Tensions simmer in London concert audienceUncategorized
From the weekly review by Fiona Maddocks in tomorrow’s Observer newspaper:
Feelings run high in classical music, especially now. You sense it in audience behaviour. At the Festival Hall last week, Crispin Woodhead, chief executive of the Orchestra of the Age of Enlightenment, came on stage before a performance of Bach’s Mass in B minor. The gist of his brief welcome, of which more shortly, was to thank the audience for buying tickets: in so doing, they were supporting an organisation that believes in excellence and in making music available to all. We all knew what he meant. No need to say the words “BBC” or “Singers” or “Arts Council” or “cuts”. But there was unexpected opposition. A man at the front started shouting and gesticulating. The crowd jeered back in an effort to silence him, some in language even more colourful than his own. For an instant, the atmosphere was nasty. He was escorted out. The performance began, magnificent and affecting, and the loss was his….
Read on here.
Personally, I loathe when some sort of administrative officer comes out to do the “It takes a lot of money to put on …” routine. Pretty common with community orchestras. but the Florida Orchestra is quite professional and has the biggest operating budget of any band in the state. So when one of the suits comes out and does even a brief beg-a-athon, it grates. Especially so in light of the utter predictability that then the orchestra’s maestro will insist on spending 5-10 minutes impressing us with his knowledge of the night’s program even though a half-hour pre-concert lecture has just concluded. … OK, I feel better now, LOL.
As a general rule, I would say that political, fundraising, or other speeches not relating to the music should be made only upon the conclusion of the advertised programme or wholly before the advertised starting time for the concert. In other words, it is unacceptable for such a speech to delay the advertised programme at a time when said programme is due to take place (having said that, where other factors are causing an unavoidable delay, it is acceptable to fill some of the time with such a statement).
Once the advertised programme is concluded, then the performers have every right to address the audience if they wish. I still remember conductor François-Xavier Roth’s speech at a Proms concert where he condemned the imminent demise of the orchestra that had just performed — this speech was made at the end of the advertised programme, just before the encore, and was followed by applause (in which I partook vigorously) until the last member of the orchestra had left the stage.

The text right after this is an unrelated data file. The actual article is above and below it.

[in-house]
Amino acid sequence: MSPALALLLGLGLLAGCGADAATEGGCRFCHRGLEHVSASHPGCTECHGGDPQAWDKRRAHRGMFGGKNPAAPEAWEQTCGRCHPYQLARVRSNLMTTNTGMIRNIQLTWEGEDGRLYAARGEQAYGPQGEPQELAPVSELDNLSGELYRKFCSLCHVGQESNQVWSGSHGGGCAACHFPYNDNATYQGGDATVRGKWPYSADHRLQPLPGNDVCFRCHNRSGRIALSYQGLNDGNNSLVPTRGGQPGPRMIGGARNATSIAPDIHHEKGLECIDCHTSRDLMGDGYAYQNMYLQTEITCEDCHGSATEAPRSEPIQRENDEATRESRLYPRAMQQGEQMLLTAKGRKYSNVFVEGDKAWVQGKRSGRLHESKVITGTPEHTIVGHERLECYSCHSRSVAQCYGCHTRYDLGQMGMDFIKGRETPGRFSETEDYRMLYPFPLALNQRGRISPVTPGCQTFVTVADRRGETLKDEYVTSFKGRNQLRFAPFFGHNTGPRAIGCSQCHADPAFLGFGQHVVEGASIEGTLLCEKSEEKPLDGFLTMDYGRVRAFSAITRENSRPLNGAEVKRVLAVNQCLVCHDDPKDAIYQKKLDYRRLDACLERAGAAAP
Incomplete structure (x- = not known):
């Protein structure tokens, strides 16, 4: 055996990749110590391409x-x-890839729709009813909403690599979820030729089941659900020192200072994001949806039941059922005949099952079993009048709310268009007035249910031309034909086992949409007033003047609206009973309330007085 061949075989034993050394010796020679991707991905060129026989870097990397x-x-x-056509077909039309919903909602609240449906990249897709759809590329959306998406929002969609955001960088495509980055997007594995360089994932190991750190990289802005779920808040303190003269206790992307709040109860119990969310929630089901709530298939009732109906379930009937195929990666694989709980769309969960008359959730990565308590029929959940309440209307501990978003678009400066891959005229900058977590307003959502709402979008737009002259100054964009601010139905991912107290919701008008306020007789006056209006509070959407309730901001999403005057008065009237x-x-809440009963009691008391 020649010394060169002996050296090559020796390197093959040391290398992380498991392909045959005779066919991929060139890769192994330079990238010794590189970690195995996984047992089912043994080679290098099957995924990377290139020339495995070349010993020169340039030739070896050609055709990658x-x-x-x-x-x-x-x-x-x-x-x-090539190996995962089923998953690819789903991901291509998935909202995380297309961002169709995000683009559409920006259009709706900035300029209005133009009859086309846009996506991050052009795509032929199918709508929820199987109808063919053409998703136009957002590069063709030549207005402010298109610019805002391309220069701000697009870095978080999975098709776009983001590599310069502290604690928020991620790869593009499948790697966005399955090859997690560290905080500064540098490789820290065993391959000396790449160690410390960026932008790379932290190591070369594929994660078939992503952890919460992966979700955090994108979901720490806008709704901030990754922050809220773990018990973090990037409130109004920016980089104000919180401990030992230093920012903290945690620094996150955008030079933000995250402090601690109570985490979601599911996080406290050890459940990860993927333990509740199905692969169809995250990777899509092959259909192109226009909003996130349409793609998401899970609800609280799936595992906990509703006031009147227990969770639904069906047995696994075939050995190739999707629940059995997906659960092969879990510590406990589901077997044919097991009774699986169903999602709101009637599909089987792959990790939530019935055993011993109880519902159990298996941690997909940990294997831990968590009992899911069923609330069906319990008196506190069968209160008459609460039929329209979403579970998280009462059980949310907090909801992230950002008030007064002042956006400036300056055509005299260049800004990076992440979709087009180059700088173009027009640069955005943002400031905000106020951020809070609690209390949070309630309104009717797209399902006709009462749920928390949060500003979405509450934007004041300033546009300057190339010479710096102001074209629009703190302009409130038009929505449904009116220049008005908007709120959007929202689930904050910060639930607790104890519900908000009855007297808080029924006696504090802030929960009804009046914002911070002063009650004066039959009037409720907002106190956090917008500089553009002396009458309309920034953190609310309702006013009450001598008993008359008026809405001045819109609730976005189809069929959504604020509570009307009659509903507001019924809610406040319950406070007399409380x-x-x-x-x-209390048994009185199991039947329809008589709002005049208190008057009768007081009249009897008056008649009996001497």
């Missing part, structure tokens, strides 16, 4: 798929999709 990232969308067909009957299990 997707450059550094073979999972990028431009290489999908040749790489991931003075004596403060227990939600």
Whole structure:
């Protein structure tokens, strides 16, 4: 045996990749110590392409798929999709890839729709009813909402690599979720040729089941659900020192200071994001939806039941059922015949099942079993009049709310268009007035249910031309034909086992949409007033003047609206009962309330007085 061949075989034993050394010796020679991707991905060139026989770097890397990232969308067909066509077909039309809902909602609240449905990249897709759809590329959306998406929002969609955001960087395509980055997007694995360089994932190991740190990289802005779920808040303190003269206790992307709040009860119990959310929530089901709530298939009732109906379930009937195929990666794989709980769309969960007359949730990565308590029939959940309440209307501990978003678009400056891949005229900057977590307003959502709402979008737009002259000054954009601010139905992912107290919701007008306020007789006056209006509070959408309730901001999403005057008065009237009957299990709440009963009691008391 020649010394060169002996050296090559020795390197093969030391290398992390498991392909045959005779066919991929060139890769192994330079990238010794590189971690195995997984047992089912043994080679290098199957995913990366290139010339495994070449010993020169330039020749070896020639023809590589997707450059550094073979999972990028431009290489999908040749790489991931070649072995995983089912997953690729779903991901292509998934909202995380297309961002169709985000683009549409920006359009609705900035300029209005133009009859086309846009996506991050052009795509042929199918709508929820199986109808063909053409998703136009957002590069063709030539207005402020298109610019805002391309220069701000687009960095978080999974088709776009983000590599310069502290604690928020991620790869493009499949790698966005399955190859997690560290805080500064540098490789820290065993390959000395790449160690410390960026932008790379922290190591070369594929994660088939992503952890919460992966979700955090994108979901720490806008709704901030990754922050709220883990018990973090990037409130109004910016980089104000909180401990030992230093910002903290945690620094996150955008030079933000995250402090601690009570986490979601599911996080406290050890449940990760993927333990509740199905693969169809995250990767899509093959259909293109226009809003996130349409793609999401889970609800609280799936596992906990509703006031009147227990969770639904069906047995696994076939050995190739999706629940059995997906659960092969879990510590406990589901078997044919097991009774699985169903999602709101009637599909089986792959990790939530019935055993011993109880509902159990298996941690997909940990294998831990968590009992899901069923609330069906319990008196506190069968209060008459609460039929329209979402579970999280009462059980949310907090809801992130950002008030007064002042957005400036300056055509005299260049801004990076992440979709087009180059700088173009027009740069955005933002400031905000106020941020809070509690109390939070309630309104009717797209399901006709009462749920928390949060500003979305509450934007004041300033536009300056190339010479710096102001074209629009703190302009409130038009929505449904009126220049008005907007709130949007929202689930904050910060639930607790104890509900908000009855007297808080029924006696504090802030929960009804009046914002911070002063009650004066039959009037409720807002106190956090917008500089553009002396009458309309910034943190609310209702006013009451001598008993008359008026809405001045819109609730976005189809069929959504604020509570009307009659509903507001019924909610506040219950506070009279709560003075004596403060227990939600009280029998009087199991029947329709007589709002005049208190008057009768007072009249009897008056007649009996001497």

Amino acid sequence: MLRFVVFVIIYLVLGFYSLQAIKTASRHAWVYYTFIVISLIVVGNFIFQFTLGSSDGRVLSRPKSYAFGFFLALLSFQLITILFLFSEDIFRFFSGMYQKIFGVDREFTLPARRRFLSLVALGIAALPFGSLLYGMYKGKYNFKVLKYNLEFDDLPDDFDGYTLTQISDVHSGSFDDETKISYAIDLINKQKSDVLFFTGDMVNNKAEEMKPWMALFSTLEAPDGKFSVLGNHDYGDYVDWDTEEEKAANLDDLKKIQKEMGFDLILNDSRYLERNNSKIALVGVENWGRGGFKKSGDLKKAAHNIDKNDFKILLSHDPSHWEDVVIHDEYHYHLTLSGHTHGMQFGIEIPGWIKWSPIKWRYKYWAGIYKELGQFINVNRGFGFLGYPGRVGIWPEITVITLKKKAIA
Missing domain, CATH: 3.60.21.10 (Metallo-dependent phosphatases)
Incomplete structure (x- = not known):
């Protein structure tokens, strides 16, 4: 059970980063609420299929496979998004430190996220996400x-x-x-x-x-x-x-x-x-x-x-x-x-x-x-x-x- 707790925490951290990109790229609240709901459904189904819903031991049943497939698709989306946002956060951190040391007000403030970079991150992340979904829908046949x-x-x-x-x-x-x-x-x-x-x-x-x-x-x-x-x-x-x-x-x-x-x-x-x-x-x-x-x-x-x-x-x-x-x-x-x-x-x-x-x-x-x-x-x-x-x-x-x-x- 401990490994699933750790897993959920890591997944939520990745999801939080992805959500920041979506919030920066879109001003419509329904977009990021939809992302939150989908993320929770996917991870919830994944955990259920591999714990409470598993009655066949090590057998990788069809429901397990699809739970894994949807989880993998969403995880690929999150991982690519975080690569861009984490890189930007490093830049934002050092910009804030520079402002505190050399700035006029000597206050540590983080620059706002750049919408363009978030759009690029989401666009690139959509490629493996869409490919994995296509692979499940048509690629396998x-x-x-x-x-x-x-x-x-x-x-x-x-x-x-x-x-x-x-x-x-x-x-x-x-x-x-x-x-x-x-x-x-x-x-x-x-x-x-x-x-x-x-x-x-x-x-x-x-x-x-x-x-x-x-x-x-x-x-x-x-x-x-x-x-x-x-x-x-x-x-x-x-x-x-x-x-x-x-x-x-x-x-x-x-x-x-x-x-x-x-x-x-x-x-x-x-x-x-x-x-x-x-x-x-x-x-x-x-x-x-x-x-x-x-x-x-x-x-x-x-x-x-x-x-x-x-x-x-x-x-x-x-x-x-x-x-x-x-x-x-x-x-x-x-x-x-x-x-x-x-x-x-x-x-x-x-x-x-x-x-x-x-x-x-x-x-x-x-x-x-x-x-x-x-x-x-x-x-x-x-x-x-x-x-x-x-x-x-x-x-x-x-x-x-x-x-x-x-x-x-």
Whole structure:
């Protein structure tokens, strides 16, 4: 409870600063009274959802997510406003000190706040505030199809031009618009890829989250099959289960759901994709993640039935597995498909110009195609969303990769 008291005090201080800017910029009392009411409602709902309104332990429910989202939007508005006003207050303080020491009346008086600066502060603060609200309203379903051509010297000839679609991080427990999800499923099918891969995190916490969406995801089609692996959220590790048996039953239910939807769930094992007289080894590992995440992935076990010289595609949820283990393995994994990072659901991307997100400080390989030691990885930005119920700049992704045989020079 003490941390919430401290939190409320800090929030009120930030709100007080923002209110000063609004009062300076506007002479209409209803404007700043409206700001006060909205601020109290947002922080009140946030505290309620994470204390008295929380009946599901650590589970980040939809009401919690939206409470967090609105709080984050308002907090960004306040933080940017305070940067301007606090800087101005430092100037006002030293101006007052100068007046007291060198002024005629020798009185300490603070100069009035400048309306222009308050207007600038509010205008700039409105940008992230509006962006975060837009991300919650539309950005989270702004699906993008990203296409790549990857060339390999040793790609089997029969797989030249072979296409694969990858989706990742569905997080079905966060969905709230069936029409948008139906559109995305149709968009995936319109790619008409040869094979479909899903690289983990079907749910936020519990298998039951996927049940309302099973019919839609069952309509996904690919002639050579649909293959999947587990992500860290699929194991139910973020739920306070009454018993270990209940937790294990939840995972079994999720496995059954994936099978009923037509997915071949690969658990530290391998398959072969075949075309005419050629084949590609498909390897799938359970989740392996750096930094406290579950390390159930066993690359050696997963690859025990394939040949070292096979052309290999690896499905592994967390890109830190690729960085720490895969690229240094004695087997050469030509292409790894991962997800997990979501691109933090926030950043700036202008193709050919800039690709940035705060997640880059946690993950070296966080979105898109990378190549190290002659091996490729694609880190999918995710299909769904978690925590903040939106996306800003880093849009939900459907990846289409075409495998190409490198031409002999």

Audiences have every right to get angry if the concert for which they pay good money to attend is being delayed needlessly. It is important to keep in mind that some people in the audience may have to leave early or very promptly to catch the last bus/train home; delaying the start of a concert to accommodate a speech may have an impact on how much of the programme such people are, regrettably, forced to miss.
Possible exceptions to the above general rule:
a) where the event is advertised explicitly as a “fundraising gala”, “charity concert”, or something of the kind, it would be appropriate for a statement to be made about the causes for which funds are being raised;
b) where the event is advertised explicitly as a “memorial concert”, “anniversary concert”, or something of the kind, it would be appropriate for a statement to be made about the person/organisation/&c. being commemorated;
c) where the event is advertised as having a sponsor, it may be appropriate to include a *brief* statement thanking the sponsor and/or advertising the sponsor’s goods/services (the customary place for this is just after the interval);
d) where a prominent person who has a significant association with the performer(s) or composer(s) has died very recently, it may be appropriate to make a *brief* eulogy at the beginning and/or add a short piece to the programme /in memoriam/; and
e) where a major disaster resulting in multiple deaths has taken place very recently in the local area of the concert or the performer(s), it may be appropriate to make a *brief* statement and/or add a short piece to the programme.
This is nothing less than the corrosion of civilization.
Well, classical civilisation faded away a long time Orpheus.
And so will we.
Or rather the erosion.